• The significance of this technique becomes immediately clear as the number of inputs increases. Number of possible Combinations is given by 2 ^ n, where n is the number of inputs.

Use Case of Decision Table Testing:

How to make Decision Table for Login Screen

Let’s create a decision table for a login screen

Email- ************.com
Login- XYZ

Password-########


The condition is simple if the user provides correct username and password the user will be redirected to the homepage. If any of the input is wrong, an error message will be displayed.

ConditionsCase 1Case 2Case 3Case 4
Username F T F T
Password F F T T
Output E E E H

Notations:

  • T – Correct username/password
  • F – Wrong username/password
  • E – Error message is displayed
  • H – Home screen is displayed

Interpretations:

  • Case 1: Username and password both were wrong. The user is shown an error message.
  • Case 2: Username was correct, but the password was wrong. The user is shown an error message.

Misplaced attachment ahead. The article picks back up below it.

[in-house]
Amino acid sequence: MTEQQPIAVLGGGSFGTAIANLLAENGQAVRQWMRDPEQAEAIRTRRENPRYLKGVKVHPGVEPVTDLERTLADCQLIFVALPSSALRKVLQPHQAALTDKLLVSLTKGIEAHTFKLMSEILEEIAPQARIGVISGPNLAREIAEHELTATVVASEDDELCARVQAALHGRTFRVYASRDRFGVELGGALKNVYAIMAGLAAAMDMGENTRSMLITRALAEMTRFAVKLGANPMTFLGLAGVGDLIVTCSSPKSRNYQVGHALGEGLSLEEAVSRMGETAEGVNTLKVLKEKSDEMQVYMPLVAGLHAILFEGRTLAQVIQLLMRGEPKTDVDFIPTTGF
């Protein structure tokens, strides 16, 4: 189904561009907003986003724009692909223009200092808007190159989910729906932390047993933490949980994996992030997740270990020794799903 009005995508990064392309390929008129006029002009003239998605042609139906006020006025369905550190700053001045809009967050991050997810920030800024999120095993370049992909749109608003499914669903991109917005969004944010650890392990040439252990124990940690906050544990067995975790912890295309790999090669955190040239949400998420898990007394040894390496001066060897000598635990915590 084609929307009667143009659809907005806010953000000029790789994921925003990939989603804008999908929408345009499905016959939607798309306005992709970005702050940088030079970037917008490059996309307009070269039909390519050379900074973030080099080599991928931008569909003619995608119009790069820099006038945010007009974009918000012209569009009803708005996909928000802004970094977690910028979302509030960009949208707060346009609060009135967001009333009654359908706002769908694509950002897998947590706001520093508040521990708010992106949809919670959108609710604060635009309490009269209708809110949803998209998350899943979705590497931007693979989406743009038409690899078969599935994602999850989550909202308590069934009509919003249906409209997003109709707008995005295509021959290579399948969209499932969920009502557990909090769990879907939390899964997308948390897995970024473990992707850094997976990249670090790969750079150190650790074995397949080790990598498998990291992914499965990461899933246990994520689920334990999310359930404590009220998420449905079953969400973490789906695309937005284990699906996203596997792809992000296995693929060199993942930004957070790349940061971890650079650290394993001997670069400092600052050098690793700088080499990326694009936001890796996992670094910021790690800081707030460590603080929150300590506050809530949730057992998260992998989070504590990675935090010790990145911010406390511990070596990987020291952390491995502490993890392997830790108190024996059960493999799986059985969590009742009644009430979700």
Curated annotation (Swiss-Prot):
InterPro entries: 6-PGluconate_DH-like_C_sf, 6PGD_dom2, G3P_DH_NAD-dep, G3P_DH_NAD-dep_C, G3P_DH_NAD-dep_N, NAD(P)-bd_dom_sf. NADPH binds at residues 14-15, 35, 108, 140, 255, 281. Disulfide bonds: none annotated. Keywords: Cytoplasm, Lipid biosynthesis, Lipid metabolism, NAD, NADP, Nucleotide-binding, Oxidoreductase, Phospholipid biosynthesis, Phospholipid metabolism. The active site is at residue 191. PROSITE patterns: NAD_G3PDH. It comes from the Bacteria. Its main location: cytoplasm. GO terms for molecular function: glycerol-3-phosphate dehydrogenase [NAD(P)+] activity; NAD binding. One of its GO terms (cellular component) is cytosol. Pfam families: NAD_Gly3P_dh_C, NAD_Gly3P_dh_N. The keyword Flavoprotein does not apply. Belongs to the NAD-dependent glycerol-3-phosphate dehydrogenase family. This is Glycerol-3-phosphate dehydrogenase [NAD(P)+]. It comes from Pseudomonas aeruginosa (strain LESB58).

• Case 3: Username was wrong, but the password was correct. The user is shown an error message.
  • Case 4: Username and password both were correct, and the user navigated to homepage.

While converting this to test case, we can create 2 scenarios:

  • Enter correct username and correct password and click on login, and the expected result will be the user should be navigated to homepage.

And one from the below scenarios:

  • Enter wrong username and wrong password and click on login, and the expected result will be the user should get an error message.
  • Enter correct username and wrong password and click on login, and the expected result will be the user should get an error message.